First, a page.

Musically there was so much to admire in a cast where all of the names were new to me. Rachael Tovey’s Turandot was interesting.  The voice is a really nice size and opens up quite wonderfully at the top.  Yet she had this frustrating habit of breaking off the top notes prematurely which distracted from the excellence of her singing.  This was especially noticeable in that glorious moment in the riddle scene where Turandot and the chorus sopranos hit the high C in unison.  The Nürnberg ladies were fabulous at that point, as indeed they were throughout the show.  Tovey is an extremely watchable singer and I would certainly like to hear her again.  David Yim, who is alternating the role with Vincent Wolfsteiner (pictured), was a lyrical yet fearless Calaf.  The voice isn’t perhaps the biggest but he was exceptionally brave and gave everything he had both vocally and dramatically to his performance.  The voice has a good sappiness and carries well and he gave a dignified account of ‘that’ aria.  He managed to fully encapsulate the romantic revolutionary that Calaf becomes in this staging.

 © Ludwig Olah
© Ludwig Olah

Armenian soprano Hrachuhí Bassenz is a real find. The owner of a full-bodied lyric soprano with a highly distinctive red wine tone, she gave us highly affecting singing and acting.  The voice is a good size and carries well.  Jun Taehyun’s Timur offered a nicely liquid bass with a strong personality.  The ministers were incarnated by three very promising young singers – Sébastien Parotte’s smooth lyric baritone joined by two distinctive tenors in Hans Kittelmann and Martin Platz.   All three were highly watchable.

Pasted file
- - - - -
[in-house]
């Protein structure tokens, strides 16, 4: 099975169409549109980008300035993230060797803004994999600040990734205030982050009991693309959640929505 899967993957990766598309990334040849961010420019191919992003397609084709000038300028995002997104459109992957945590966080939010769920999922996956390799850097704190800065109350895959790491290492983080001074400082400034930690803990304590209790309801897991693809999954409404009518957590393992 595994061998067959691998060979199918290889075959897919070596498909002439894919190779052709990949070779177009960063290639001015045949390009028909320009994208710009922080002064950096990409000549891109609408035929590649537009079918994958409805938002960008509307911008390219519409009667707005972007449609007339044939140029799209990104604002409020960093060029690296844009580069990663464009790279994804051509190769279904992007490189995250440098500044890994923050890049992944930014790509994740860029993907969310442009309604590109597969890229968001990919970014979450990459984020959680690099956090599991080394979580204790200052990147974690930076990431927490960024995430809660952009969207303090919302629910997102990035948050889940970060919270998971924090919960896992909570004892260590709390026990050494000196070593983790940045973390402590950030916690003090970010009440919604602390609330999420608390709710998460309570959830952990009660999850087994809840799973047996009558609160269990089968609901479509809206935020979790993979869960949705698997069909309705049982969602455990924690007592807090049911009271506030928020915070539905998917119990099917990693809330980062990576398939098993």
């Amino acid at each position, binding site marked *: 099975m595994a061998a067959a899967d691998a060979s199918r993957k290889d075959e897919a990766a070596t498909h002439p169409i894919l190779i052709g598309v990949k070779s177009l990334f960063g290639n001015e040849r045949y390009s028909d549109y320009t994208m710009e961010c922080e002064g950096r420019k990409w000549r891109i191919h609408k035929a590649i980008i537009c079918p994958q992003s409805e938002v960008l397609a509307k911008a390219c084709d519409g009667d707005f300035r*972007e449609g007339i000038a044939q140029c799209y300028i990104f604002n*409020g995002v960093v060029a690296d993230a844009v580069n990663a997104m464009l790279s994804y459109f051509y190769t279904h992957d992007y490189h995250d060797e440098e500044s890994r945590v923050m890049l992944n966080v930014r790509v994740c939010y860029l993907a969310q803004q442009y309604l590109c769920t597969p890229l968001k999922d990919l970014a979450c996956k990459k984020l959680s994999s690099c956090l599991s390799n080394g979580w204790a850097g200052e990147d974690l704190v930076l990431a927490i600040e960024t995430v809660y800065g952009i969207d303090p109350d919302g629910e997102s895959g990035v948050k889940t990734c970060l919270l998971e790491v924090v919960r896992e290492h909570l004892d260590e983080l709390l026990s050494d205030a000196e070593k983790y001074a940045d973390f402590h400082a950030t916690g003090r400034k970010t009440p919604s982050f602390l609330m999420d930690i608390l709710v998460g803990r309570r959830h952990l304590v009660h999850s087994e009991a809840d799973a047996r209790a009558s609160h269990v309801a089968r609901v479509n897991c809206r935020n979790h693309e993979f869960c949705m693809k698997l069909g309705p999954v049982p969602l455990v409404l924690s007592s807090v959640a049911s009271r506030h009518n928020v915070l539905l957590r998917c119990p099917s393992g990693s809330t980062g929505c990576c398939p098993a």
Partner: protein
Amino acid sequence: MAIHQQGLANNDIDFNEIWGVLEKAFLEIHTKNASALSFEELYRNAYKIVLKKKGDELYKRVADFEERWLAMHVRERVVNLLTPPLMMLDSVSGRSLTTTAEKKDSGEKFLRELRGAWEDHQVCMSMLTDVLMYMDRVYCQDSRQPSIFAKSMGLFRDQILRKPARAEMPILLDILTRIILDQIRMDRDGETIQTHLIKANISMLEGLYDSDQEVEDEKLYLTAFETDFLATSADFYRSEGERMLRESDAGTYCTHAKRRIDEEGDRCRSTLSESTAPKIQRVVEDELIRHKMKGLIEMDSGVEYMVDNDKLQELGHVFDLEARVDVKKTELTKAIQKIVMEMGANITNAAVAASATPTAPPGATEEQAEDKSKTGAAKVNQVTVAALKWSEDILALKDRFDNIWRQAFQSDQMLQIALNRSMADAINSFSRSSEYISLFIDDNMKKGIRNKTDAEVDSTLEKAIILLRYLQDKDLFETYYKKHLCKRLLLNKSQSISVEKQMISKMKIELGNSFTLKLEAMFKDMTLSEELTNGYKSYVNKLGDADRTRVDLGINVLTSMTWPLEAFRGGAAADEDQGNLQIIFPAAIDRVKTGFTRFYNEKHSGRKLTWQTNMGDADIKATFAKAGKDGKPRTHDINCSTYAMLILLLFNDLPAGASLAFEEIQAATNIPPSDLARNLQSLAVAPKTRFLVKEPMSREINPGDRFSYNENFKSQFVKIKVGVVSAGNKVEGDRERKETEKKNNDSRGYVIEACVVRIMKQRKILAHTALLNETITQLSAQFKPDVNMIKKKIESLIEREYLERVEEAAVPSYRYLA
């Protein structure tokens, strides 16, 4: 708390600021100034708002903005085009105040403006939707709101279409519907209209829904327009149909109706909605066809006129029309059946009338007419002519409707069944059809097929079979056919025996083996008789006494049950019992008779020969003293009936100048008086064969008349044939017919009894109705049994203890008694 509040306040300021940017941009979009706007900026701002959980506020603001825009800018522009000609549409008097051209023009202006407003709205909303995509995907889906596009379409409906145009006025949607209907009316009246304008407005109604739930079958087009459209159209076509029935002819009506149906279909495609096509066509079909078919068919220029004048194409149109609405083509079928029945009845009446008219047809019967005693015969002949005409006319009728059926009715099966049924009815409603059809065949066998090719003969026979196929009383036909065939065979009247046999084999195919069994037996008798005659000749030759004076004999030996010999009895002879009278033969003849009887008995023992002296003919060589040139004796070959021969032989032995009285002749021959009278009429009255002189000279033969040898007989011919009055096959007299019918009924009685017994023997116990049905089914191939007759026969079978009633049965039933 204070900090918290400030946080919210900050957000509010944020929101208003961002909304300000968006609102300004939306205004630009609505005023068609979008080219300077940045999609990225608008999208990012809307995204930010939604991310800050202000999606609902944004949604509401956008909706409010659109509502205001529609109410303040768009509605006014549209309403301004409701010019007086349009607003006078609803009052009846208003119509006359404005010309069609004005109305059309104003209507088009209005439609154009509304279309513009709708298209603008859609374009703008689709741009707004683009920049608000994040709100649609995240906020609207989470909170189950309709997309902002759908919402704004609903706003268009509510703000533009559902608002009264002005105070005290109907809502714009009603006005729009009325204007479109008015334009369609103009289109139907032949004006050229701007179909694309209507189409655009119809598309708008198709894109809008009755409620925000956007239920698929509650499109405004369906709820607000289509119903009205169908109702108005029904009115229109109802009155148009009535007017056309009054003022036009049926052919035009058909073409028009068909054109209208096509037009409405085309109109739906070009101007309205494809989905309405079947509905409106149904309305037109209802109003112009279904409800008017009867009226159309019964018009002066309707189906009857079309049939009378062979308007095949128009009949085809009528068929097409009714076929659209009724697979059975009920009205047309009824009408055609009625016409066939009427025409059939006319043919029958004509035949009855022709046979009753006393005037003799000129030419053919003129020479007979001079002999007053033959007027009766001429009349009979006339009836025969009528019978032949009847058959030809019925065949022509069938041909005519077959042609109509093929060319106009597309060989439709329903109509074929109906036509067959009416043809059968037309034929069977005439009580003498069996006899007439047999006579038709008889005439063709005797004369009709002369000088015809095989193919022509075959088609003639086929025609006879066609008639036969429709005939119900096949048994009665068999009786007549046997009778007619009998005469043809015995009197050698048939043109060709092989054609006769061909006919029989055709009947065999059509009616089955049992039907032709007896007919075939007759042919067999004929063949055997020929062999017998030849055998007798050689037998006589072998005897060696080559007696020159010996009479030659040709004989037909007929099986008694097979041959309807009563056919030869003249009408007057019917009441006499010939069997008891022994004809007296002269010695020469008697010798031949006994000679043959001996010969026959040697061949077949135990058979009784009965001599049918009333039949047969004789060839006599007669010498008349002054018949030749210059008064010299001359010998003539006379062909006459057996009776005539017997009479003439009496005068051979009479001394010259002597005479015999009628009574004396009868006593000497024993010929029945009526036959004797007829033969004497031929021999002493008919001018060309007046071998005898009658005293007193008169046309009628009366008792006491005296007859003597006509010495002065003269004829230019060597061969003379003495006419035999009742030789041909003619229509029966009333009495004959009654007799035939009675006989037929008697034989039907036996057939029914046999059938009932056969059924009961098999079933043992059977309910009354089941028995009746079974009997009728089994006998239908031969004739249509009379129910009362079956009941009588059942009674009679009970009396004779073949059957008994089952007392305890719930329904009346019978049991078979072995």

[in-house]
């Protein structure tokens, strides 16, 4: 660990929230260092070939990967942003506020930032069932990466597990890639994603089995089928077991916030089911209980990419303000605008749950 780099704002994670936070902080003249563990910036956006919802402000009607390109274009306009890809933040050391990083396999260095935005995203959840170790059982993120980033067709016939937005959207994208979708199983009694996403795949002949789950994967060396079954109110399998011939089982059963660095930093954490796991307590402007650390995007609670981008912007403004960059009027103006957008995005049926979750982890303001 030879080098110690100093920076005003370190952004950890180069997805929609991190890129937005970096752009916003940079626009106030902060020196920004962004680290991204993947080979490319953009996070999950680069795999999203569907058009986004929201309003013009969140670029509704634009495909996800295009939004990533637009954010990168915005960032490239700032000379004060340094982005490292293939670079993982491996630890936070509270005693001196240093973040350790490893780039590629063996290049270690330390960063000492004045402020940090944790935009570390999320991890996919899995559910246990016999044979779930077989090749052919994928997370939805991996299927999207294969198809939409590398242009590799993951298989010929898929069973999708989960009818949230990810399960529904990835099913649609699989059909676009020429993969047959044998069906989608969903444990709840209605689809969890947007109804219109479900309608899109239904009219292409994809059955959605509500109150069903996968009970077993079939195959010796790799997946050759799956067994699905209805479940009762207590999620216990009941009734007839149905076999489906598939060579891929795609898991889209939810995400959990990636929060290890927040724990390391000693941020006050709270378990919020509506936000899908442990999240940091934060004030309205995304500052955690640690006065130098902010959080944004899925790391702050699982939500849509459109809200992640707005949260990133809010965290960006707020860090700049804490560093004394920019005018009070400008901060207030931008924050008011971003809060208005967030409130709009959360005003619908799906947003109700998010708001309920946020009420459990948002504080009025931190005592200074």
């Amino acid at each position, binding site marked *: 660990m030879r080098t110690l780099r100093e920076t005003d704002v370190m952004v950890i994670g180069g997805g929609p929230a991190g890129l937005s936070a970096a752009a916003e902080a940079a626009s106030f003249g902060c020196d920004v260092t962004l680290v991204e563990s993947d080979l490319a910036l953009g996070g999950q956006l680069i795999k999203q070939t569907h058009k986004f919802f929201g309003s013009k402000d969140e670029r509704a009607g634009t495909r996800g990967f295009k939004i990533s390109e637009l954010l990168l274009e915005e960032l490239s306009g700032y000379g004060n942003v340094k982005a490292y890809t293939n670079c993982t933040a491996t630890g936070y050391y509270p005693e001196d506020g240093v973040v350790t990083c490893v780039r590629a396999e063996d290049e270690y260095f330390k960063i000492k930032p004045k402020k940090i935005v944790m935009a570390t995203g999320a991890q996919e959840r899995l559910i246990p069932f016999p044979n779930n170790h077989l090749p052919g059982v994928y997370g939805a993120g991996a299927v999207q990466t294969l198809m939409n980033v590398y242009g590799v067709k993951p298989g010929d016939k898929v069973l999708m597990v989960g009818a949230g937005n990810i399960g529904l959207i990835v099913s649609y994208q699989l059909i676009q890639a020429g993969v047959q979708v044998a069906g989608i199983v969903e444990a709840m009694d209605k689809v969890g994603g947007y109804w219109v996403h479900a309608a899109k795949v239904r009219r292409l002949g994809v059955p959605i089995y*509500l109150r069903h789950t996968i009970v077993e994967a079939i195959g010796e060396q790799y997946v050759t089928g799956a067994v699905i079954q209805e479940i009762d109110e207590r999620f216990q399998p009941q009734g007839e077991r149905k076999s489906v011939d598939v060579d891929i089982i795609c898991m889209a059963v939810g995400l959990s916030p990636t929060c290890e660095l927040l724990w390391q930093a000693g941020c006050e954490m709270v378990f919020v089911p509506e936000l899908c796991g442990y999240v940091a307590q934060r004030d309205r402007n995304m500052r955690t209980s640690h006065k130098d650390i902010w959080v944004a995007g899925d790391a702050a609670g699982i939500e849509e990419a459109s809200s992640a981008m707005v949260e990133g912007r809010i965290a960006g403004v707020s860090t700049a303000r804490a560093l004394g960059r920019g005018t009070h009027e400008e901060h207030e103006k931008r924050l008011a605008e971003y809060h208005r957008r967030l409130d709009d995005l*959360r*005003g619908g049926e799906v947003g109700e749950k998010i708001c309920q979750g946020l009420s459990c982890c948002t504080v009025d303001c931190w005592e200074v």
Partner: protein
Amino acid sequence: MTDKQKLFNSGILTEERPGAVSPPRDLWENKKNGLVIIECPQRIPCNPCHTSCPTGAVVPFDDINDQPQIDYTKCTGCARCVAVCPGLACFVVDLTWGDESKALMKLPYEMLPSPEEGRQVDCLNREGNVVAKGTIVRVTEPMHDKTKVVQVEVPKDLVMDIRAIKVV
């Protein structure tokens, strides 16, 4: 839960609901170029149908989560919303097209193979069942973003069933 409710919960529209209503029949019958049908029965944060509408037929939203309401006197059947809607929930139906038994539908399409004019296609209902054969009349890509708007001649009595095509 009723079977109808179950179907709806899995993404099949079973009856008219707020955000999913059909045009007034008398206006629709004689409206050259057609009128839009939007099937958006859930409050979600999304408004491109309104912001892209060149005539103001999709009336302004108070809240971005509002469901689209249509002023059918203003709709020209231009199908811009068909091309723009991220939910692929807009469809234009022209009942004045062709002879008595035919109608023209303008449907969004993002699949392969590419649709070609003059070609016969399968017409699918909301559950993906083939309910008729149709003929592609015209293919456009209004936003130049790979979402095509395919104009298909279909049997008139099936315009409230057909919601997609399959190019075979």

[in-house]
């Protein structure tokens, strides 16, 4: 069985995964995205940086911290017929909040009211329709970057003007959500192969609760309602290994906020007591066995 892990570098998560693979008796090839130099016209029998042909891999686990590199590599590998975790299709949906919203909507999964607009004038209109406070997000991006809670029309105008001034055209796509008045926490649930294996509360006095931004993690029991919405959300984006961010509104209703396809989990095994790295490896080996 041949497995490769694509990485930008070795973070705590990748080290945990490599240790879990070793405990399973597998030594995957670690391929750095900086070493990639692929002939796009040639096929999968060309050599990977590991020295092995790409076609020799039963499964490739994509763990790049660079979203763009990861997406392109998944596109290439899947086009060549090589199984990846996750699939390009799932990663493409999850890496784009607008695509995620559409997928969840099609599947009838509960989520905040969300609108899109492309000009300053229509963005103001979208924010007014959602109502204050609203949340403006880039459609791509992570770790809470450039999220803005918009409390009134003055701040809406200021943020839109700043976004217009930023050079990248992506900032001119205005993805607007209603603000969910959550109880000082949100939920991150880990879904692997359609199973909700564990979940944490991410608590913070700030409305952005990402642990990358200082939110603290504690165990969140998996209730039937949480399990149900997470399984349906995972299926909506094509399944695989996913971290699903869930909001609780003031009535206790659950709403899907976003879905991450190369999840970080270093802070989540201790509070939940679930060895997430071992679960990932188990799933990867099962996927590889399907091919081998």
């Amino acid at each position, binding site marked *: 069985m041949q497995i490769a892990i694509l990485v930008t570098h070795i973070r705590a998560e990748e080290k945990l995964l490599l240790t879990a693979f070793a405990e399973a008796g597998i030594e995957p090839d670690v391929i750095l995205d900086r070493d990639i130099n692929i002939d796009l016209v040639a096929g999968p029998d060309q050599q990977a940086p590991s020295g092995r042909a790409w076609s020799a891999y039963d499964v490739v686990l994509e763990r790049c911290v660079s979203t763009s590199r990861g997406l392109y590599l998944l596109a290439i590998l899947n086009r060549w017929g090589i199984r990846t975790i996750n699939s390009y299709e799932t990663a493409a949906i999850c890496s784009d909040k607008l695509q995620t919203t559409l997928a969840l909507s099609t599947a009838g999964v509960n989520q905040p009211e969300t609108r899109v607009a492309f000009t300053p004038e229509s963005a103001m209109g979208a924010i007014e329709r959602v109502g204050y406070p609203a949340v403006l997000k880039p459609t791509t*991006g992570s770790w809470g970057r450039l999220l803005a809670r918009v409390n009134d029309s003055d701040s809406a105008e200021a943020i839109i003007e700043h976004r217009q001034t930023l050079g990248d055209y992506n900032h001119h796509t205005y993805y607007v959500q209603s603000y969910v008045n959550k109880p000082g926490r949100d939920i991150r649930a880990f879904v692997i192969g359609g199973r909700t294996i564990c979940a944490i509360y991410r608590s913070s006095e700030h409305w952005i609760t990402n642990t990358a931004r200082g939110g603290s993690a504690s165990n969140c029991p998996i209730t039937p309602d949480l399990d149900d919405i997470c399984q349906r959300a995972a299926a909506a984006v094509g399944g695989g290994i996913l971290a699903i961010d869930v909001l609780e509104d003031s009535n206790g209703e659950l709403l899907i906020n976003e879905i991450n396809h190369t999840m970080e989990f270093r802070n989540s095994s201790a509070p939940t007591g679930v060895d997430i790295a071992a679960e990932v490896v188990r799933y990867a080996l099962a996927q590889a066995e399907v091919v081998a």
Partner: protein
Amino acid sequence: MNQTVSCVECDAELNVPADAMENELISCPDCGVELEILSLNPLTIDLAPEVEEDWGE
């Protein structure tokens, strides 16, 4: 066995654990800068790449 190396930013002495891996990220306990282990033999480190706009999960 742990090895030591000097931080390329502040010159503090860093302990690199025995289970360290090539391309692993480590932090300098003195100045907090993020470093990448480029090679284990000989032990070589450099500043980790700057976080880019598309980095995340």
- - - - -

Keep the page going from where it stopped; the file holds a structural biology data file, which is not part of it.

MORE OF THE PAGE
© Ludwig Olah
© Ludwig Olah

As I mentioned earlier the Nürnberg chorus, prepared by the Estonian Tarmo Vaask, was outstanding. The sound was full and rich yet always well-balanced. The sopranos nailed the c-sharp at the end of ‘gira la cote’ and they really did make a fabulous noise.  Every single chorus member rose to the challenge that Bieito set them and they really did give an exceptional performance.  The orchestra was also superb – Gábor Káli brought out so many colours in the instrumentation and highlighted much detail that often goes missing.  It was sensational.

 © Ludwig Olah
© Ludwig Olah

This was not a production for anyone expecting feel-good chinoiserie. Rather it was one that challenged and fascinated in equal measure.  Bieito’s Turandot is a gripping study in how violence and intimidation are used to control.  It is an exceptional piece of theatre than no serious opera over should miss.  Moreover it is also a credit to the exceptional standards of the Nürnberg theatre that it is performed at such a high level.  Following Nürnberg it will be taken on by Toulouse and Northern Ireland.  This is a show that needs to be seen.  It may well be the definitive Turandot of this decade.

Turandot N CC